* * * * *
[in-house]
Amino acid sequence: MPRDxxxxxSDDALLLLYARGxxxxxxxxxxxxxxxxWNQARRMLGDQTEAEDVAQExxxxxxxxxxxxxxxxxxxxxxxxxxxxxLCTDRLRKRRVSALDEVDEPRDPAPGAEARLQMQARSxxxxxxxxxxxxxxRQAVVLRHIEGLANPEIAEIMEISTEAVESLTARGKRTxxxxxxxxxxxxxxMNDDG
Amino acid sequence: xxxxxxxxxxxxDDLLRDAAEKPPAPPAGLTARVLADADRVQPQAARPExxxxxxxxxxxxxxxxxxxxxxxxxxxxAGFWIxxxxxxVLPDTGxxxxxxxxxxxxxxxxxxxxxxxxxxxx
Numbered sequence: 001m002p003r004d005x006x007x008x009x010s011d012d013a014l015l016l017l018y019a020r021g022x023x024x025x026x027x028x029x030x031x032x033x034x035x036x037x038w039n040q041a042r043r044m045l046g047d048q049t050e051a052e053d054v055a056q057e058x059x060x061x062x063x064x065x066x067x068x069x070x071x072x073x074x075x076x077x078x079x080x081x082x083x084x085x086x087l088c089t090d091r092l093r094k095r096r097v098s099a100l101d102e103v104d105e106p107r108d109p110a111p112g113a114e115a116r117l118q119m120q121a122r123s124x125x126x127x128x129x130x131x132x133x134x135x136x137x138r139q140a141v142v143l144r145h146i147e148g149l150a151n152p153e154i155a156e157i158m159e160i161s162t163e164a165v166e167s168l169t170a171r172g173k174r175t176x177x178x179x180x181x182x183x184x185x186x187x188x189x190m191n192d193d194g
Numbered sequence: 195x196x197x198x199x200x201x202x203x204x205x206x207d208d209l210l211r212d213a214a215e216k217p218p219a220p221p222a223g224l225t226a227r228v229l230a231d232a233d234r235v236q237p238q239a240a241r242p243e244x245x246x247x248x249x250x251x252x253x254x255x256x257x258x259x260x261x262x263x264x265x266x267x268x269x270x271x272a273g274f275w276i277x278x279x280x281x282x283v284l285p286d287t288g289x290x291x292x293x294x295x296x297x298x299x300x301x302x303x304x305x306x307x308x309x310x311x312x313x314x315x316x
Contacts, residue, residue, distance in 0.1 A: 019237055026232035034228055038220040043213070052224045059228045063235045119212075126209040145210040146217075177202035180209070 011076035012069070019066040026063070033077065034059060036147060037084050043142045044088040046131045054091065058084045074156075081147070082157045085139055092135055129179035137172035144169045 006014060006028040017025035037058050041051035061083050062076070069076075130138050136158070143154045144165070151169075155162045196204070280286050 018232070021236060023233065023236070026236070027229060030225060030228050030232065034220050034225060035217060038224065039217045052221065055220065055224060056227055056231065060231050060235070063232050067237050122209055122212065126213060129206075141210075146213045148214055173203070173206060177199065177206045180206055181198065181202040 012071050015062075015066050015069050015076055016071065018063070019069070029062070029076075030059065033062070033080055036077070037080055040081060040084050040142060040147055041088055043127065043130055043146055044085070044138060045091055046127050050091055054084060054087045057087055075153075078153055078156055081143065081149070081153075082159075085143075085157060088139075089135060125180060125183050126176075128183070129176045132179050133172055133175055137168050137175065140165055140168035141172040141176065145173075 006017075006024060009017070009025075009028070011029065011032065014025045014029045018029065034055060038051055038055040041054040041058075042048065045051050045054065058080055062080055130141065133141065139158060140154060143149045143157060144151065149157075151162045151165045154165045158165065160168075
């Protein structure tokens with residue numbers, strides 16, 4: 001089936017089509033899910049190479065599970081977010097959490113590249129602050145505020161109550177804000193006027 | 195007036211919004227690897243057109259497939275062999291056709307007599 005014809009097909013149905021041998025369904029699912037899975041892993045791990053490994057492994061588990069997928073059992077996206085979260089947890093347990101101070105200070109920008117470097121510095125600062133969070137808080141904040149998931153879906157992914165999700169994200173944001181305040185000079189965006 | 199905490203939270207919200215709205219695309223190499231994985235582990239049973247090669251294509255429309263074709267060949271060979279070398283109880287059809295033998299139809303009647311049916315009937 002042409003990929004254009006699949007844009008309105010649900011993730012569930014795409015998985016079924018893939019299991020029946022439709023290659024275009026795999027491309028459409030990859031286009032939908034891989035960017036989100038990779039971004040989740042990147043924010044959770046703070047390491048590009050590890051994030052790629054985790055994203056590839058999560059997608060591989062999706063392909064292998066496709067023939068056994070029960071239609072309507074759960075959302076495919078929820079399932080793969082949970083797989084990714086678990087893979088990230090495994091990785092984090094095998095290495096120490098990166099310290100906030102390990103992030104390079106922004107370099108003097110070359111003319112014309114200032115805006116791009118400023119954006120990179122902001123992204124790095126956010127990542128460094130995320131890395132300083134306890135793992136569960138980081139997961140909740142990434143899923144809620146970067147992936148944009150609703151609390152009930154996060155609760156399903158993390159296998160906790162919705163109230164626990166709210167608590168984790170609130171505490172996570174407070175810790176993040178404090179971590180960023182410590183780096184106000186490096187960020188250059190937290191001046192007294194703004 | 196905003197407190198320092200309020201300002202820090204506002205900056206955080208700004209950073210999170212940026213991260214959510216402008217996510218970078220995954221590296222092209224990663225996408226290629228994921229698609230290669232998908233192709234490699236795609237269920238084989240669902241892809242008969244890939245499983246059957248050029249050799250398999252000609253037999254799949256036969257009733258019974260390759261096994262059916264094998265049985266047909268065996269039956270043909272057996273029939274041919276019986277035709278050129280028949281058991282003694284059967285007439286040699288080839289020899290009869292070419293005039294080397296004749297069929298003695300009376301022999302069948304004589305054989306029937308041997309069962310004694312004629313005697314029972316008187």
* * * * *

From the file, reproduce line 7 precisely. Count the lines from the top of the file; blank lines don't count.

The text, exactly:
């Protein structure tokens with residue numbers, strides 16, 4: 001089936017089509033899910049190479065599970081977010097959490113590249129602050145505020161109550177804000193006027 | 195007036211919004227690897243057109259497939275062999291056709307007599 005014809009097909013149905021041998025369904029699912037899975041892993045791990053490994057492994061588990069997928073059992077996206085979260089947890093347990101101070105200070109920008117470097121510095125600062133969070137808080141904040149998931153879906157992914165999700169994200173944001181305040185000079189965006 | 199905490203939270207919200215709205219695309223190499231994985235582990239049973247090669251294509255429309263074709267060949271060979279070398283109880287059809295033998299139809303009647311049916315009937 002042409003990929004254009006699949007844009008309105010649900011993730012569930014795409015998985016079924018893939019299991020029946022439709023290659024275009026795999027491309028459409030990859031286009032939908034891989035960017036989100038990779039971004040989740042990147043924010044959770046703070047390491048590009050590890051994030052790629054985790055994203056590839058999560059997608060591989062999706063392909064292998066496709067023939068056994070029960071239609072309507074759960075959302076495919078929820079399932080793969082949970083797989084990714086678990087893979088990230090495994091990785092984090094095998095290495096120490098990166099310290100906030102390990103992030104390079106922004107370099108003097110070359111003319112014309114200032115805006116791009118400023119954006120990179122902001123992204124790095126956010127990542128460094130995320131890395132300083134306890135793992136569960138980081139997961140909740142990434143899923144809620146970067147992936148944009150609703151609390152009930154996060155609760156399903158993390159296998160906790162919705163109230164626990166709210167608590168984790170609130171505490172996570174407070175810790176993040178404090179971590180960023182410590183780096184106000186490096187960020188250059190937290191001046192007294194703004 | 196905003197407190198320092200309020201300002202820090204506002205900056206955080208700004209950073210999170212940026213991260214959510216402008217996510218970078220995954221590296222092209224990663225996408226290629228994921229698609230290669232998908233192709234490699236795609237269920238084989240669902241892809242008969244890939245499983246059957248050029249050799250398999252000609253037999254799949256036969257009733258019974260390759261096994262059916264094998265049985266047909268065996269039956270043909272057996273029939274041919276019986277035709278050129280028949281058991282003694284059967285007439286040699288080839289020899290009869292070419293005039294080397296004749297069929298003695300009376301022999302069948304004589305054989306029937308041997309069962310004694312004629313005697314029972316008187």